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2: Giant Mine housing was adjacent to the mine. Roads followed natural contours. Water and sewer were brought in separately from the roads via utilidor; electrical lines were overhead.

3: A slightly older large development of premanufactured homes in Yellowknife.

4: Two years ago, this was a gently sloping pink outcropping of Pre-Cambrian Shield providing a foreground to Stanton Region Hospital set on Frame Lake. Stanton services all of NWT and, at that time, also had one of the prettiest hospital settings in the country.

5: This multi-story apartment in Yellowknife works with the landscape, leaving trees and rock intact.

6: While you may not be able to park at your door in these townhomes, the aesthetics appear to outweigh the hike with your groceries.

7: the “street side” of photo 3. This neighbourhood provides pull-in driveways for each home and complies with the requirements of NWT codes and bylaws.

8: This older pre-manufactured home development in Yellowknife also complies with codes and bylaws. People park at their doorsteps. Houses ‘work’ around the terrain. Neighbours banded together to create this community park within the neighbourhood. 9: A lot of rock was moved for these houses which almost seem to have been dropped into the ‘slots’ created.

The easy-to-build places were gone, and yet, it seemed everyone still wanted piped services and easy car access, and building practices now required set-backs and drainage slopes and turn-around radii, and it all had to be done in a hurry! Some of the prettiest stone in town was blasted to make way for apartments (photo 4, 5 and 6) – only one person protested. A whole neighbourhood of manufactured homes was trucked in and was set on rubble (photo 7 and 8). High end houses, themselves sitting on sites, more discretely blasted from the rock (photo 9), found themselves to their dismay, neighbours to yet another rubble neighbourhood (photo 10). Yet, the most coveted houses were those from years before, tucked into the rocks, blanketed from the street by trees (photo 11). So how do citizens beat a retreat from development of rubble fields to those coveted homes shrouded in greenery with would-be workers arriving daily needing a place to live for a few years (photos 12 and 13)?

10: The other end of the development in Photo 9 where the site needed to be leveled to bring in homes.

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11: This older home is so tucked into the trees and rock as to be invisible from the road.

There has to be a North-specific approach. There are examples of newer housing merging with the landscape, often using some blasting, some not, but neither obliterating the natural landscape lines in the process (photos 14, 15, 16 and 17). These might not include an attached two-car garage. And these may not necessarily include piped water and sewer. Lifestyle choices have aesthetic impacts (photo 18). There have been technical advances in infrastructure, and municipalities elsewhere have re-evaluated their development requirements. Options exist. In NWT, work is underway in Distributed Energy, and a growing number of communities are undertaking Community Energy Plans to explore their infrastructure options. Creating developments, which are more sensitive to the existing landscape, could be informal and voluntary, or mandated. Codes can be amended; and exemptions can be granted for bylaws. Municipalities need guidance from the present population to plan for the arriving population. Builders and developers need to be made aware of options and what the population wants. As Land Claims progress, these groups still have time to make changes, to decide how their traditional lands will look in the future. Regarding blasting in particular, it is not necessarily cheaper than other site preparation approaches. It just happened to be the most expedient approach at hand, and not enough people cared to work to effect change.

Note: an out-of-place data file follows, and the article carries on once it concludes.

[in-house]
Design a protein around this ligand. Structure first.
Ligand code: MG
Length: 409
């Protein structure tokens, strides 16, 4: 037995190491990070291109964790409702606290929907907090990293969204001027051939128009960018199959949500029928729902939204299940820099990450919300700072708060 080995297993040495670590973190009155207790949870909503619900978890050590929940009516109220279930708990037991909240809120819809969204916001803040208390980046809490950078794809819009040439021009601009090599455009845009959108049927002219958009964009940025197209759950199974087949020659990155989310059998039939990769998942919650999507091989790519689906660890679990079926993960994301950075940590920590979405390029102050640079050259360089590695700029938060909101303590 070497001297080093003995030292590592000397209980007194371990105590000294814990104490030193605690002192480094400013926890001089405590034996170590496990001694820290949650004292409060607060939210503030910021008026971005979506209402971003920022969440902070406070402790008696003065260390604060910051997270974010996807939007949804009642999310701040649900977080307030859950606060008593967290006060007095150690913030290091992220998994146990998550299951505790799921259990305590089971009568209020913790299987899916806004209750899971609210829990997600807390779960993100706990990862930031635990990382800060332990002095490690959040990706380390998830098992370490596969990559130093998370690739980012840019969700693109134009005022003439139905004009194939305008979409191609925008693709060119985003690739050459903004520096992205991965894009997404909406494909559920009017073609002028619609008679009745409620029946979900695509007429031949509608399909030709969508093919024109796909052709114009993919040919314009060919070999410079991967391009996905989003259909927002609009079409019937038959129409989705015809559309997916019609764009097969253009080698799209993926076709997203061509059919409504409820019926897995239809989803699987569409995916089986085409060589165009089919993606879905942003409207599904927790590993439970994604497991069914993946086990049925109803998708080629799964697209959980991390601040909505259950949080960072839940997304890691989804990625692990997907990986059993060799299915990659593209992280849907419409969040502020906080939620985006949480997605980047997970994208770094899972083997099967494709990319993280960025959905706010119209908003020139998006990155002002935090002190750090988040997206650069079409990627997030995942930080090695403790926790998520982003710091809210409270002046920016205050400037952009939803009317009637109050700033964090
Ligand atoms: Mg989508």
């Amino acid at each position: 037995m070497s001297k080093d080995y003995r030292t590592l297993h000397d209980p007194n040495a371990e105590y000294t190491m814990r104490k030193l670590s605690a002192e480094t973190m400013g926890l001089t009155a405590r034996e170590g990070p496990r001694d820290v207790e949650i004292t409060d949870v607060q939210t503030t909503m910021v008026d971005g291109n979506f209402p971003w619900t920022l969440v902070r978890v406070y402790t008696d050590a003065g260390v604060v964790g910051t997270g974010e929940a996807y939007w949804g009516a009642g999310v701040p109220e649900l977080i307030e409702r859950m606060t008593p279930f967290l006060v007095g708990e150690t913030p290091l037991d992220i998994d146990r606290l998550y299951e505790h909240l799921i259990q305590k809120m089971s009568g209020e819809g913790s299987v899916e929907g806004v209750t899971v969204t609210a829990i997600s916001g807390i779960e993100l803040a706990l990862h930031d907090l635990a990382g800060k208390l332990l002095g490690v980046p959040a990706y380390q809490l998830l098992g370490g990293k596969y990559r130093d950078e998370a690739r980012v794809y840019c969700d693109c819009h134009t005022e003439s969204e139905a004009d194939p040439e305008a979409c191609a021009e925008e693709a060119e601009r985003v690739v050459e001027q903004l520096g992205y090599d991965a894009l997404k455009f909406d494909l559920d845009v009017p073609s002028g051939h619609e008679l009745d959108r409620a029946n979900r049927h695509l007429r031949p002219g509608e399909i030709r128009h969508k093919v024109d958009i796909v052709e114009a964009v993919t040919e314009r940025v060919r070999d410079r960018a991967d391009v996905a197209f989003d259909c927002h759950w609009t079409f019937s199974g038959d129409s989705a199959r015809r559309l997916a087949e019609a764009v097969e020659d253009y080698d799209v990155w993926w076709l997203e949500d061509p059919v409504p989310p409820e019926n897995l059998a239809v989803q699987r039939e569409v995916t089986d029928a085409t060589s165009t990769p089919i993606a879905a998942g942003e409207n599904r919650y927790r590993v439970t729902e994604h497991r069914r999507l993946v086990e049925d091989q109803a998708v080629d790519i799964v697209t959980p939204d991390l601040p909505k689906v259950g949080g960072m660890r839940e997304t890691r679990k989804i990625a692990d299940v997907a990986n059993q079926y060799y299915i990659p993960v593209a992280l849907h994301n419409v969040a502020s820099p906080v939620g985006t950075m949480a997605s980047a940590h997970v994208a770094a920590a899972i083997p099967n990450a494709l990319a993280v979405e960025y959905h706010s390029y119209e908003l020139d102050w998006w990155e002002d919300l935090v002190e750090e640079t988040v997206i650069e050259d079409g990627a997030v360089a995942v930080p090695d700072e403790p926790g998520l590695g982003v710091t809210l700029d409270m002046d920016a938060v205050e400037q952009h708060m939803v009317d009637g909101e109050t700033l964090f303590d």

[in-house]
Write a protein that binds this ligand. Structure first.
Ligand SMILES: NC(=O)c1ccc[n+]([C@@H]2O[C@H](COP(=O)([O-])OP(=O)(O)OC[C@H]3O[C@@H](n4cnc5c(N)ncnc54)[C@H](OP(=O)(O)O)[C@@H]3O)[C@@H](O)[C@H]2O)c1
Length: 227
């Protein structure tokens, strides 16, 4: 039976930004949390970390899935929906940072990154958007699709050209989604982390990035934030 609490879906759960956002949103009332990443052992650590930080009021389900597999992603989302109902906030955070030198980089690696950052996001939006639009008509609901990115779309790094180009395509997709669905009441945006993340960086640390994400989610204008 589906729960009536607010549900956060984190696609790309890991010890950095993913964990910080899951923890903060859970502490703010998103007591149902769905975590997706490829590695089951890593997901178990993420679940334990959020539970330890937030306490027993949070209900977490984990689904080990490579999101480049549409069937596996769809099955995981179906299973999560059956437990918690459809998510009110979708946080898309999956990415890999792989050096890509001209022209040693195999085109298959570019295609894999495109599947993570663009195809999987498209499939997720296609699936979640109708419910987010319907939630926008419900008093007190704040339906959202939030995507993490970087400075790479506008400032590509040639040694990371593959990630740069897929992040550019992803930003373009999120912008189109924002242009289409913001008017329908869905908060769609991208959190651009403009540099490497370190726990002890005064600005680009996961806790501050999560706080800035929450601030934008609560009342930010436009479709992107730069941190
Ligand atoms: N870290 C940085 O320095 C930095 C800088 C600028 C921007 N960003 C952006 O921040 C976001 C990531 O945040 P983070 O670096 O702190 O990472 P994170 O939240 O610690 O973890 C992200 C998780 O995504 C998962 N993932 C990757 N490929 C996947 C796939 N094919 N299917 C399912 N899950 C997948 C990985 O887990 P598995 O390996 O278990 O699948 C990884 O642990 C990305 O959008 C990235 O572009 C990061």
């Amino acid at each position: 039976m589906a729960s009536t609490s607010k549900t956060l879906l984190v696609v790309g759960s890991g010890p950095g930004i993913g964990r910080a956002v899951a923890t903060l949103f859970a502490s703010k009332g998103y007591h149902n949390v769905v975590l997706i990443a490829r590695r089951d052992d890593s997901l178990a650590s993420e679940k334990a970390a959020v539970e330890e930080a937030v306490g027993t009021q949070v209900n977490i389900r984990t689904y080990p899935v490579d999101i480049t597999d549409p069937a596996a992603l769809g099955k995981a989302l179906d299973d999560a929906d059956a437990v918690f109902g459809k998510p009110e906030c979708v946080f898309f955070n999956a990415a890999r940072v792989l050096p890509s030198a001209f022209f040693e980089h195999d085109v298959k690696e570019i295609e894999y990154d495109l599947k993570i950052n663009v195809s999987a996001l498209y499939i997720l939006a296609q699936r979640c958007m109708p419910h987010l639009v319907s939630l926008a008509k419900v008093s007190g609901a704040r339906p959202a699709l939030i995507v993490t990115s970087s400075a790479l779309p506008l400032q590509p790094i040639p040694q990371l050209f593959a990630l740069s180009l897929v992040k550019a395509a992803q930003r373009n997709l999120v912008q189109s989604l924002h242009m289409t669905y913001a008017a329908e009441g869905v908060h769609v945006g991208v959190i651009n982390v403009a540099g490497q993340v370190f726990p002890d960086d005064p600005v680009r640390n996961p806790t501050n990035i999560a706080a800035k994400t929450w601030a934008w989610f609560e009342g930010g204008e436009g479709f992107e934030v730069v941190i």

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12: An older Yellowknife street where houses were fitted into the landscape.

13: A newer subdivision where sites were cleared, and sometimes blasted for development. Setbacks, street widths, sidewalk development and provision of utilities follow NWT guidelines.

14: These houses use the steep rock face as design features.

15: This house perches upon, and recedes into the rock face. A second floor rear door allows access onto the top of the rock slope.

16: Renowned NWT Architect Gino Pinâ&#x20AC;&#x2122;s classic house makes full use of the rock elevation. He has designed many houses, each of which preserves and highlights the natural features of their sites.

17: A climb up is worth the secluded yard out back and the view out front.

Compared with the newer neighbourhoods shown in photos 13 and 17, most people would prefer the neighbourhood shown in photo 12 and this street, with Gino Pinâ&#x20AC;&#x2122;s house and other houses which merge into, rather than dominate, the landscape.

Aleta Fowler was trained in both architecture and planning and works in green community infrastructure as a policy advisor for the Department of Indian and Northern Development.

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Living in a landscape

thoughts on the recent failure of the State Capitol Building competition | Juneau, Alaska Thane Magelky